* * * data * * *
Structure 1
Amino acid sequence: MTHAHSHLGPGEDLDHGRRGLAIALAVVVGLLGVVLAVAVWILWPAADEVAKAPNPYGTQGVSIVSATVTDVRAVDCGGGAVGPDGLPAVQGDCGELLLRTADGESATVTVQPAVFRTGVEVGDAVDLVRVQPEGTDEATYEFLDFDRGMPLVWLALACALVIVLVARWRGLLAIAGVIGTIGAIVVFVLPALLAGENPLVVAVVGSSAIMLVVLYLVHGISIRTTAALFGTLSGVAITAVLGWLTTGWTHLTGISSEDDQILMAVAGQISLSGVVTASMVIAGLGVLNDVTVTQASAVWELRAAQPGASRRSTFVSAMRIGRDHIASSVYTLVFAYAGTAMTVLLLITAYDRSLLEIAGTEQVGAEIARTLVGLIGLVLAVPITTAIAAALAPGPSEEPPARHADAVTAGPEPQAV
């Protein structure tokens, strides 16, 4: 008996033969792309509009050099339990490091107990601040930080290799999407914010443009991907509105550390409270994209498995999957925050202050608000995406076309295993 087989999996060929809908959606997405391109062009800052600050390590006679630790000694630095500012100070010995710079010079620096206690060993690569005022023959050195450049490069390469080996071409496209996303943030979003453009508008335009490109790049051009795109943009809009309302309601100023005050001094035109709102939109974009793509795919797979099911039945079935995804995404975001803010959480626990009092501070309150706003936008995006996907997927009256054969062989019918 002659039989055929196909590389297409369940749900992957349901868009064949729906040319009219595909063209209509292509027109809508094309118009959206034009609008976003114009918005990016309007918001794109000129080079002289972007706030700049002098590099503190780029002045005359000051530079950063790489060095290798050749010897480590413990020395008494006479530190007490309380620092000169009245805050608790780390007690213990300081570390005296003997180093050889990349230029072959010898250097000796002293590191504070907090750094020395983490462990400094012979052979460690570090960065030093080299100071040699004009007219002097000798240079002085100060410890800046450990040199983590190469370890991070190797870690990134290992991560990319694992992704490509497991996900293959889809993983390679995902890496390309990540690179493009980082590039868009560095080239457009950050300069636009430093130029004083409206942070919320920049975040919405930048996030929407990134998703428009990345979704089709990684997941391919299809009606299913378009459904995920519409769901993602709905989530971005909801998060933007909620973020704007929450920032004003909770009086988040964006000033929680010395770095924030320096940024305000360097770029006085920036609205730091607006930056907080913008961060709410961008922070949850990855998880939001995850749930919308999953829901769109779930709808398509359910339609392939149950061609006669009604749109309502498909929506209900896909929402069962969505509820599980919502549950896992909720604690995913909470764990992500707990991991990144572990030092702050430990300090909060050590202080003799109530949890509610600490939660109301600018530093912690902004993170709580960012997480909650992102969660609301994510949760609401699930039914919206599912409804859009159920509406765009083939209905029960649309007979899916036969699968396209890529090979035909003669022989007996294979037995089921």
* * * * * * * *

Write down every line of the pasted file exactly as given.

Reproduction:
Structure 1
Amino acid sequence: MTHAHSHLGPGEDLDHGRRGLAIALAVVVGLLGVVLAVAVWILWPAADEVAKAPNPYGTQGVSIVSATVTDVRAVDCGGGAVGPDGLPAVQGDCGELLLRTADGESATVTVQPAVFRTGVEVGDAVDLVRVQPEGTDEATYEFLDFDRGMPLVWLALACALVIVLVARWRGLLAIAGVIGTIGAIVVFVLPALLAGENPLVVAVVGSSAIMLVVLYLVHGISIRTTAALFGTLSGVAITAVLGWLTTGWTHLTGISSEDDQILMAVAGQISLSGVVTASMVIAGLGVLNDVTVTQASAVWELRAAQPGASRRSTFVSAMRIGRDHIASSVYTLVFAYAGTAMTVLLLITAYDRSLLEIAGTEQVGAEIARTLVGLIGLVLAVPITTAIAAALAPGPSEEPPARHADAVTAGPEPQAV
């Protein structure tokens, strides 16, 4: 008996033969792309509009050099339990490091107990601040930080290799999407914010443009991907509105550390409270994209498995999957925050202050608000995406076309295993 087989999996060929809908959606997405391109062009800052600050390590006679630790000694630095500012100070010995710079010079620096206690060993690569005022023959050195450049490069390469080996071409496209996303943030979003453009508008335009490109790049051009795109943009809009309302309601100023005050001094035109709102939109974009793509795919797979099911039945079935995804995404975001803010959480626990009092501070309150706003936008995006996907997927009256054969062989019918 002659039989055929196909590389297409369940749900992957349901868009064949729906040319009219595909063209209509292509027109809508094309118009959206034009609008976003114009918005990016309007918001794109000129080079002289972007706030700049002098590099503190780029002045005359000051530079950063790489060095290798050749010897480590413990020395008494006479530190007490309380620092000169009245805050608790780390007690213990300081570390005296003997180093050889990349230029072959010898250097000796002293590191504070907090750094020395983490462990400094012979052979460690570090960065030093080299100071040699004009007219002097000798240079002085100060410890800046450990040199983590190469370890991070190797870690990134290992991560990319694992992704490509497991996900293959889809993983390679995902890496390309990540690179493009980082590039868009560095080239457009950050300069636009430093130029004083409206942070919320920049975040919405930048996030929407990134998703428009990345979704089709990684997941391919299809009606299913378009459904995920519409769901993602709905989530971005909801998060933007909620973020704007929450920032004003909770009086988040964006000033929680010395770095924030320096940024305000360097770029006085920036609205730091607006930056907080913008961060709410961008922070949850990855998880939001995850749930919308999953829901769109779930709808398509359910339609392939149950061609006669009604749109309502498909929506209900896909929402069962969505509820599980919502549950896992909720604690995913909470764990992500707990991991990144572990030092702050430990300090909060050590202080003799109530949890509610600490939660109301600018530093912690902004993170709580960012997480909650992102969660609301994510949760609401699930039914919206599912409804859009159920509406765009083939209905029960649309007979899916036969699968396209890529090979035909003669022989007996294979037995089921």